The last few months have been insanely hectic for actor Ashutosh Rana. He has wrapped up shooting for four films in the past six months, and is now busy with the upcoming release of Dhadak, Karan Johar’s remake of Nagraj Manjule’s Marathi blockbuster, Sairat — slated for mid-July. Given his absence from the limelight in the past few years, it seems as if Rana is making up for lost time. The National School of Drama graduate (1994) has come a long way from his Swabhimaan days in the mid-nineties, when he became a household name for his portrayal of Tyagi — the loyal friend/gangster with the heart of gold in the popular television show. The following decade saw the rise of Rana as a consummate villain with films such as Dushman (1998), Sangharsh (1999) and Zakhm (1998). Now, he is back to exploring shades of grey, with his role of Parthavi’s (Janhvi Kapoor) father in Dhadak. In this conversation, he talks about his political dissent, his writing and future projects. Edited excerpts:
You have a slew of releases and new projects lined up.
Yes there is Simbaa, helmed by Rohit Shetty; Son Chiriya, being directed by Abhishek Chaubey; Anubhav Sinha’s Mulq; and, Ismail Darbar’s directorial debut, Yeh Kaisa Tigdam. There is Milan Talkies by Tigmanshu Dhulia as well. There are also two books in the offing — one is a collection of essays and another a collection of stories.
You were the go-to villain in the late-Nineties and early-2000s. What changed? Do you think you were typecast?
Not at all. Even after something as career defining as Sangharsh and Dushman, I am very fortunate that the Hindi film industry has given me opportunities to explore a variety of roles as an actor. My role in Dushman as Gokul Pandit was different from that of Lajja Shankar Pandey in Sangharsh — which, in turn, stood out against what I portrayed in Badal (2000) as Jai Singh Rana. I think that in all the characters, even the more recent one of Mr Singh in Humpty Sharma ki Dulhania (2014), I have never repeated myself. The variety I was offered, even within the greyscale, I think is commendable for any actor. Even in my forthcoming releases, I am playing a variety of roles. In Yeh Kaisa Tigdam, I am playing four characters. Who has had that opportunity lately? Sanjeev Kumar played nine, Dilip Kumar had a triple role, and, Priyanka Chopra played seven in Saat Khoon Maaf.
You remain etched in public memory, though, for your portrayal of Tyagi in Swabhimaan.
Again, I thank my stars. Because I don’t think anyone can recall any character from contemporary TV shows these days, but here we are talking about Tyagi after 23 years. I think Tyagi worked because his heart was in the right place, and he was supremely honest, which made him loveable. It helped that he was completely in sync with his roots, and didn’t decry his desi-pana because he was in love with this slick urban girl.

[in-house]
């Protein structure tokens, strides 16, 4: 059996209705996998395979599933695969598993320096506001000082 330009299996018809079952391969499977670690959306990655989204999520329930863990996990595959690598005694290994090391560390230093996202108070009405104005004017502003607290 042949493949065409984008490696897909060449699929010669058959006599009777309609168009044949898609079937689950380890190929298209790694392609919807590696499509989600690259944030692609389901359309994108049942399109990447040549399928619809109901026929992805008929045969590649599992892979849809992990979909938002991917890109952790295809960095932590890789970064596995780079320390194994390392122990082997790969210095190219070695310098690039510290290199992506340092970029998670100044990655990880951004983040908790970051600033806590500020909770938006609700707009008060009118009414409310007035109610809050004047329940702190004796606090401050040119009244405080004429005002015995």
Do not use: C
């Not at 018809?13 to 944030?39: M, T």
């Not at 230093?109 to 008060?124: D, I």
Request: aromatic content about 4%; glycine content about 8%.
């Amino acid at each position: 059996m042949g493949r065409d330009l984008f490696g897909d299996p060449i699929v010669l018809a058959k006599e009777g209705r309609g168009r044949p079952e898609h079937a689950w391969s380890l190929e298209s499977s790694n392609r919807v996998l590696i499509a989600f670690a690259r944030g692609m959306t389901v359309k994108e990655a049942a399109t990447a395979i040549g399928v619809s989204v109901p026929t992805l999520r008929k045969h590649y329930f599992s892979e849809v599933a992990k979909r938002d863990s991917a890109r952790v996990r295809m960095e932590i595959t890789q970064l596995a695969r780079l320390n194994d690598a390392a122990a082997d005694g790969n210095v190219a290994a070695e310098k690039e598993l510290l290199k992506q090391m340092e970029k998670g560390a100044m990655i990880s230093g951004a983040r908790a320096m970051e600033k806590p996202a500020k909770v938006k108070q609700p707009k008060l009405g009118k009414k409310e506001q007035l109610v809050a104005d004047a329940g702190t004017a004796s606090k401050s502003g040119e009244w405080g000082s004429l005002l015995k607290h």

Swabhimaan, written by Mahesh Bhatt, also marked your entry into the Bhatt camp — and you ended up doing 10 films with him. Aren’t camps an extension of nepotism too?
Whatever I am today is because of Bhatt sahab. Had he not trusted me as a newcomer, I, perhaps, would not have been having this conversation. Having said that, nepotism is an age-old practice, prevalent not just in the industry, but in every sphere of life. It’s the natural order of things. Whatever a father gathers in his lifetime, it is but natural that those things would be easily accessible to his children. I think more of it as exposure. A cricketer’s child will have better access to a cricket kit and field. The same goes for a doctor’s kid. But, what if the child is not good in that particular field? They still have to prove themselves — inheriting something is not the question, what you do with it is more pertinent.
You are quite active on Facebook where you post your views. But you stay away from Twitter, where your wife Renuka Shahane is more vocal.
Twitter’s 280-character format doesn’t work for me. It’s akin to presenting your thoughts and then running away. Like how you might throw a stone in a pond and dash away. You create a ripple, but are absent to witness the after-effects. For a mature dialogue, we need a platform where we can present opposing points of view. The key is to not lose civility and resort to immature tactics. I write my thoughts (on Facebook), and people comment that it’s long — then it’s not meant for them. My interest is to not create a sensation, but to establish a dialogue. Simply put, to interact and not just act. What I write is, of course, not any universal truth, only my own views. But everyone has a right to find his/her truth and defend it to his/her last breath.
Do opposing view points cause any friction at home?
Renuka, too, doesn’t just act, but interacts. The atmosphere is actually quite pleasant at home! We are two different people, and it’s our differences that make us tick. We may have different opinions but that doesn’t mean our worldviews become polar opposites at every level. Dissent has been the cornerstone for democracy, and zero or no opinion is more dangerous than having opposing views. Renuka has her thoughts and ideology, and, similarly, I have my ideas. But both of us don’t establish our thoughts as the ultimate truth — one can be civil and yet be in disagreement, whereas one can be on the same side and be completely uncivil. This is where the difference between vichardhara (ideology) and mansikta (mentality) comes in.
What do you make of the new crop of actors in Bollywood?
All of them have great skill and talent, and enter the industry fully prepared. Look at Pankaj Tripathi and Nawazuddin Siddiqui. People like Vinod Khanna, Amitabh Bachchan, Sanjeev Kumar rose to great heights only after starting small. So let’s not unnecessarily glorify only our time.